Class Descriptions

We have made an attempt to help guide the attendees of the bee school in making the decision on what class to attend by grouping the classes according to the audience type for each class.  But use this as a ‘general guide’ – you (of course) are free to attend any class that peeks your interest.  The classes are listed as they appear on the schedule (read top down, left to right).

 

Beginning Beekeeping Tract - These classes are designed to help you make the best choices for GETTING STARTED.  A “prospective beekeeper” should probably plan on attending ALL of these classes.

Novice Beekeeping Tract – These classes are targeted at the 1st & 2nd year beekeeper, but prospective and experienced beekeepers will also find significant value in the information presented in these classes.

Laws affecting beekeeping and beekeepers – These courses are discuss the various legal aspects surrounding beekeeping.  As such, the information applies to everyone.

Business Aspects of Beekeeping - These courses deal with the “money” side of beekeeping.  They are designed for the beekeeper who is thinking about “taking the next step” into becoming a sideliner or even a commercial beekeeper.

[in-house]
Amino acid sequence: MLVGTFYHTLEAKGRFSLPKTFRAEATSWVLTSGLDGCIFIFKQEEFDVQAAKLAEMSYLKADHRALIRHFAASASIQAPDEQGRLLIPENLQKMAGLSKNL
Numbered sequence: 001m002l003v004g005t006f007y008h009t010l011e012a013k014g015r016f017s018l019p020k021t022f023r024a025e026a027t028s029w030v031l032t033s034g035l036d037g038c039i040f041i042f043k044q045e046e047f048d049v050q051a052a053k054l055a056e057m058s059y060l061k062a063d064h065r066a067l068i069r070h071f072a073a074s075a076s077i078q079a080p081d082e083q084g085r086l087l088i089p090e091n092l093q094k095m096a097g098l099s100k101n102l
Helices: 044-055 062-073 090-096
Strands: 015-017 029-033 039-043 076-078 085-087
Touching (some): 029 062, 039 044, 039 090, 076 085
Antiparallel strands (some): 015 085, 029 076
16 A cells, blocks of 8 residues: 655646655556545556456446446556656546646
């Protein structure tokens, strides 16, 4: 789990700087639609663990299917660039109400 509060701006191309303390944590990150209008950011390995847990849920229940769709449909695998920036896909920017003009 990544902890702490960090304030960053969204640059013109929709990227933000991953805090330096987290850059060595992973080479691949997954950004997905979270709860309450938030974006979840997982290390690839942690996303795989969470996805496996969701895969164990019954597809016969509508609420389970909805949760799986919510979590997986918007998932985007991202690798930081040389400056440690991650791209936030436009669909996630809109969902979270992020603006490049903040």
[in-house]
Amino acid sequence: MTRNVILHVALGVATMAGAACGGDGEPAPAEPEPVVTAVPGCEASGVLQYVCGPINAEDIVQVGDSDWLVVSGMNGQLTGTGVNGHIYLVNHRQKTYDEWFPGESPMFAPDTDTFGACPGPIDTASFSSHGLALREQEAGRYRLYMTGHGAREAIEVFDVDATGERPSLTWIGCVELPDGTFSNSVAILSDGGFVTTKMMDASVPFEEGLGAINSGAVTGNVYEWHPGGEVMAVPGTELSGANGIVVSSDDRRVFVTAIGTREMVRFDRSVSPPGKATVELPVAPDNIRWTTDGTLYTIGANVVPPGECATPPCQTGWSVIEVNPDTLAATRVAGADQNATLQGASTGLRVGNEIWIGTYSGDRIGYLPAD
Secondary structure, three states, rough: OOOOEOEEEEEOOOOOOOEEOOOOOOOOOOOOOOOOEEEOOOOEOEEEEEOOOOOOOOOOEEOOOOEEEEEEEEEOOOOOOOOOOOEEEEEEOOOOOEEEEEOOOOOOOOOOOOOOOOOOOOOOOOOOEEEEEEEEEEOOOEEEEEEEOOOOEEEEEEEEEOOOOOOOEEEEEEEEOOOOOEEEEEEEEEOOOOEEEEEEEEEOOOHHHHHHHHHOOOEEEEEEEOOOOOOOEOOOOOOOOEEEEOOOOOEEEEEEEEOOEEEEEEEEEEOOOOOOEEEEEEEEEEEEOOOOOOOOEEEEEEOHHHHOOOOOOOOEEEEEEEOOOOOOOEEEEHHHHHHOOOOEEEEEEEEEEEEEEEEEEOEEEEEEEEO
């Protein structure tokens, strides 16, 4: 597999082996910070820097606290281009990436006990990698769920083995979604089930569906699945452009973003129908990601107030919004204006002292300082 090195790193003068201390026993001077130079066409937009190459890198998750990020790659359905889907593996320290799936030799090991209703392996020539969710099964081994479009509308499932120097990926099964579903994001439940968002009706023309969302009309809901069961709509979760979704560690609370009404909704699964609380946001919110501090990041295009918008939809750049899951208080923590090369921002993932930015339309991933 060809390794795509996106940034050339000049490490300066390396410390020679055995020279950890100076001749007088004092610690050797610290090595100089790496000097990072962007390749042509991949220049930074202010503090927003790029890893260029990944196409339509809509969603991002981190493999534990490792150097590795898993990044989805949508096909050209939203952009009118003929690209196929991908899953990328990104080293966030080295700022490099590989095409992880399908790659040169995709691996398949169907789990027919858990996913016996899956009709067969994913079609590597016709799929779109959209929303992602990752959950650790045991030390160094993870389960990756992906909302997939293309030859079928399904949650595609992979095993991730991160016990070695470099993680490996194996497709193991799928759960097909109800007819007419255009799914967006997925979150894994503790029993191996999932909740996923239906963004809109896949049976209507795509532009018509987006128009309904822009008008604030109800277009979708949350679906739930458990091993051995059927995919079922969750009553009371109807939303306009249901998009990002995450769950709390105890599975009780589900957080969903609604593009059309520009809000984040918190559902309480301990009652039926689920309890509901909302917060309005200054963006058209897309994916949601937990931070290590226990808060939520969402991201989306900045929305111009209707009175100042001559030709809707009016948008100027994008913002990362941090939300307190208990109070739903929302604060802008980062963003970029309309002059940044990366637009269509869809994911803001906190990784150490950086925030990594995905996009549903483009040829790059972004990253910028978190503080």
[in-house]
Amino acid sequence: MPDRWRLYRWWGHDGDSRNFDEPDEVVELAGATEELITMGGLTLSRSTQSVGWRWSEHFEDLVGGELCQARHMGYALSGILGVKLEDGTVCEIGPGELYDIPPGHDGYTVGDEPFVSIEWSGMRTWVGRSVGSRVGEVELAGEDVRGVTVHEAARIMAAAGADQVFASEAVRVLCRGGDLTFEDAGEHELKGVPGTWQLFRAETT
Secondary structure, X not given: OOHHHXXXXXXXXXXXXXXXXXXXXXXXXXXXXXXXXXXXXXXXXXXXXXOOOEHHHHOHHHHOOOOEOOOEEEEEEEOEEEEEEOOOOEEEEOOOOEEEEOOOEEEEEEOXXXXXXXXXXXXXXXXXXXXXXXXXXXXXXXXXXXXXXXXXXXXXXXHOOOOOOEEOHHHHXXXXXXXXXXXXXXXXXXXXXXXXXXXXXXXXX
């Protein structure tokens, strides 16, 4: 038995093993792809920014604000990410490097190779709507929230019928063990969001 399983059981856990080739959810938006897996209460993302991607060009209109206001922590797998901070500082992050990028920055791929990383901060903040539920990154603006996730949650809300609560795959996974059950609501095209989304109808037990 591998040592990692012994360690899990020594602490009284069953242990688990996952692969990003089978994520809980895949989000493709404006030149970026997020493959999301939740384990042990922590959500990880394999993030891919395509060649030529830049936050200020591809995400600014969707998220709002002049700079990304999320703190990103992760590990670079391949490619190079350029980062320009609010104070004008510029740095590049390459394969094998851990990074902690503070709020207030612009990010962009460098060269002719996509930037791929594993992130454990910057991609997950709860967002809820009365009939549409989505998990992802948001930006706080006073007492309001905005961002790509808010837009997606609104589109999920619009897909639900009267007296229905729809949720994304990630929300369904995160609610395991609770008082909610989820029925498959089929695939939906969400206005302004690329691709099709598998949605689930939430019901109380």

General Interest Beekeeping – Classes with no color code are those that will appeal to beekeepers of all experience levels.

 

Outdoor Foyer / Vendor Hall

Observation Hive Demo (BVBeeks Youth - 1:00pm-5:00pm) – Several real hives on display so you can see first hand the inner workings of a hive.  The BVBeeks youth will also demonstrate how to do a hive inspection using both a hive setup.  This class should be viewed as a supplement to the class being taught by Robin Silva. No bee suits are required.

Hive Box Building (BVBeeks members – 9:00 – 12:00 / outdoor area) – A “hands-on” area to help those who took advantage of the discounted hive kits offered by Mann Lake.  The goal is for you to have the kits you purchased completely assembled for you to take home.

Lighting your Smoker (BVBeeks Youth Mentors - 1:00pm-5:00pm/outdoor area) – A demonstration on how to light your smoker so that it stays lit.  Also included is a discussion on why to use a smoker (as opposed to other things that are sometimes tried to calm bees down).